“Steal Back Your Vote” From Robert F. Kennedy Jr. and Greg Palast

September 30, 2008

Investigative journalist Greg Palast and voting rights attorney Robert F. Kennedy Jr. have just released an investigative comic book voter guide “Steal Back Your Vote.” it lays out the ways Republican have are stolen votes in 2004 and how they are trying to steal the 2008 election… And Palast and Kennedy have devised seven ways you can steal it back, in a 24 page downloadable graphic guide. It’s non-partisan (truly, they aren’t pushing one candidate over another, they just object to vote stealing!!!), it’s humorous, it’s totally snarky, and it’s helpful.

When you go to bed tonight, can you answer this question: do you know where your registration is? Find out how your vote is being stolen, and how you can steal it back, by downloading the guide here: www.stealbackyourvote.org.

Here’s a paraphrased version of their 7 ways to steal the vote back:

1. Greg suggests you not vote absentee if you can help it.
Greg asked “For those of you who mailed in your ballot, please tell me, what happened to it? You don’t know, do you?”

I can answer that. Yes, Greg, I do know what happened to my ballot. I called to check on it after the fact and of course there was no record of it… Sigh. My ballot was one of the three-fourths of a million absentee ballots were never counted last time (that’s the official count), on the weakest of technical excuses.

Also, tens of thousands of ballots are not mailed out to voters in time to return them – in which case you’re out of luck. Most states won’t let you vote in-precinct once you’ve applied to vote absentee.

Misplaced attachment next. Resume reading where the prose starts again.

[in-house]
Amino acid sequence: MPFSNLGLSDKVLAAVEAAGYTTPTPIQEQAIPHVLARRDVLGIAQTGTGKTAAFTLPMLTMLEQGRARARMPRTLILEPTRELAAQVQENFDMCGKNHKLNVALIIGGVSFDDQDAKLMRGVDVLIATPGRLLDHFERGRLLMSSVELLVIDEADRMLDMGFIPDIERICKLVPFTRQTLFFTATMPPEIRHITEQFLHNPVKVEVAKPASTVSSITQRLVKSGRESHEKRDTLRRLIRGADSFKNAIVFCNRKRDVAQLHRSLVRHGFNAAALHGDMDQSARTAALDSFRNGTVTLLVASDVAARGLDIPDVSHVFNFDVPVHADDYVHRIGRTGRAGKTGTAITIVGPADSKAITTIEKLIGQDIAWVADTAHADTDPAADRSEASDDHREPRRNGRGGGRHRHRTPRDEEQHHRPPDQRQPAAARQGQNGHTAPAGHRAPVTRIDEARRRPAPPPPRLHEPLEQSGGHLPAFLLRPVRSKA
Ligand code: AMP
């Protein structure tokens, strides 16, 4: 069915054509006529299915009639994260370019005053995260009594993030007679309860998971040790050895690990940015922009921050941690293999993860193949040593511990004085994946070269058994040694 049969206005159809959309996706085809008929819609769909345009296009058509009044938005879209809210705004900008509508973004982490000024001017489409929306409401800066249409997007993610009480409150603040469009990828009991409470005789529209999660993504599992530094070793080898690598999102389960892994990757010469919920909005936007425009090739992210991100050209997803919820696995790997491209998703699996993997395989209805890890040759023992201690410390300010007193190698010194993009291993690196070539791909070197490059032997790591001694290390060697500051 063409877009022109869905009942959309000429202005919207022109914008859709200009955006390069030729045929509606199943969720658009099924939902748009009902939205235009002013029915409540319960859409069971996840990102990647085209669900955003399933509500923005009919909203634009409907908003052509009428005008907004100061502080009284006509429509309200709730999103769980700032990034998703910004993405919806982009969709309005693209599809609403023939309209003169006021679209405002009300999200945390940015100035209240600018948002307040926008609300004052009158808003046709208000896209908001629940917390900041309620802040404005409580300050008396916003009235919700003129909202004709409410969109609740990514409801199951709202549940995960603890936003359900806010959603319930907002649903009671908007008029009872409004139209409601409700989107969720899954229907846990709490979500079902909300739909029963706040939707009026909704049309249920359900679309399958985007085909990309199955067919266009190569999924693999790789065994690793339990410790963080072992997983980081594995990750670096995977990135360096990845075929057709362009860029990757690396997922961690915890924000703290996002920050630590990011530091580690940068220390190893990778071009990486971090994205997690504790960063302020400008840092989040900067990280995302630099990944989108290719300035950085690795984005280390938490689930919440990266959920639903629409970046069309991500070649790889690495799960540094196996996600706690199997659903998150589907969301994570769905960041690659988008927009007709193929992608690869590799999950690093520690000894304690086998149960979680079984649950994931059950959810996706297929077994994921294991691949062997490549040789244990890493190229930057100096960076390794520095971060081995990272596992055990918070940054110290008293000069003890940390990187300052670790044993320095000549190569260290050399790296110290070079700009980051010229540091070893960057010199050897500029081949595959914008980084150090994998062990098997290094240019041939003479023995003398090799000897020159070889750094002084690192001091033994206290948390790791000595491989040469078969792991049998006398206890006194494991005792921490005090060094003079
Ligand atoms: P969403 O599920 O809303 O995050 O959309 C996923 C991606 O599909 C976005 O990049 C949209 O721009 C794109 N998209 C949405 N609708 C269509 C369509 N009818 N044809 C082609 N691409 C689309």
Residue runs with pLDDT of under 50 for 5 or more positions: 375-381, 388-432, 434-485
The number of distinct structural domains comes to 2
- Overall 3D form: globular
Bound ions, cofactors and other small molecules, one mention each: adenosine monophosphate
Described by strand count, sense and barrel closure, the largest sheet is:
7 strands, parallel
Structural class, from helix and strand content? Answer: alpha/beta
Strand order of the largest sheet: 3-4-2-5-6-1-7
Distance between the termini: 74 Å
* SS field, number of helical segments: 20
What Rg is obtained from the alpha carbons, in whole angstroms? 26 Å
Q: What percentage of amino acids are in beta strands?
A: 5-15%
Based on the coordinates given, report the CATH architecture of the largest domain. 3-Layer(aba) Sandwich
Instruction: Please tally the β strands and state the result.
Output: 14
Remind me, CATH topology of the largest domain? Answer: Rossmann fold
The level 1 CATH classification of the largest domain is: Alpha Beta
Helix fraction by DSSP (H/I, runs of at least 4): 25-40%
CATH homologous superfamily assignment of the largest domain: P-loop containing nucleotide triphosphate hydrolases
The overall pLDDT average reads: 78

2. Vote early!
Every state now lets voters cast ballots in designated polling stations and at county offices
in the weeks before Election Day. Do it. Don’t wait until Election Day to find out you have the wrong ID, your registration’s “inactive,” or you’re on a challenge list. By Election Day, there’s little to do but hold up the line.

3 Register
Think you’re registered to vote? Check online with your Secretary of State’s office or call
your County Board of Elections. Contact the Rainbow PUSH Coalition, the League of Women Voters, and your local party organization, and commit to a couple of days of door-to-door
registration, especially in minority neighborhoods or at social service agency offices. And if you’ve served the time, you can sign: in almost every state, ex-cons can vote.

4. Vote Unconditionally, not provisionally!
In 2008, they’ll be handing out provisional ballots “like candy”. Demand adjudication from poll judges on the spot; demand a call to the supervisor of elections; or return with acceptable ID if possible. And be a champ: defend the rights of others. If you’ve taken Step 2. above and voted early, you have Election Day free to be a poll watcher. You’ll need training and credentials, either from a voter group or, in some states, a designation from a political party.

5. Take the resistance door-to-door—to register the vote,to canvass the voters, to get out the vote. Donate time to your union (if you’re not in a union, why not?) or to the organizations listed on the Palast Kennedy site.

6. Sue
There aren’t enough lawyers in the US—at least not enough pushing back against the vote-fixing tide. But there are some. Shining examples include the non-partisan Brennan Center for Justice. You don’t have to be an attorney to join the fight. These are political battles, in all cases supported by street-fighting activists like Votersunite.org who rouse the public behind the legal actions.

7. Make the democratic demand: No vote left behind!
Greg has a crazy fantasy in his head. In it, an election is stolen and the guy who’s wrongly declared the loser stands up in front of the White House and says three magic words: “Count the votes.” You can have all the paper ballots in the world, but if you don’t demand to look at them, publicly, in a recount, you might as well mark them with invisible ink.

Just in case you think this is an exaggeration check this New York Times article and this article in TruthOut.


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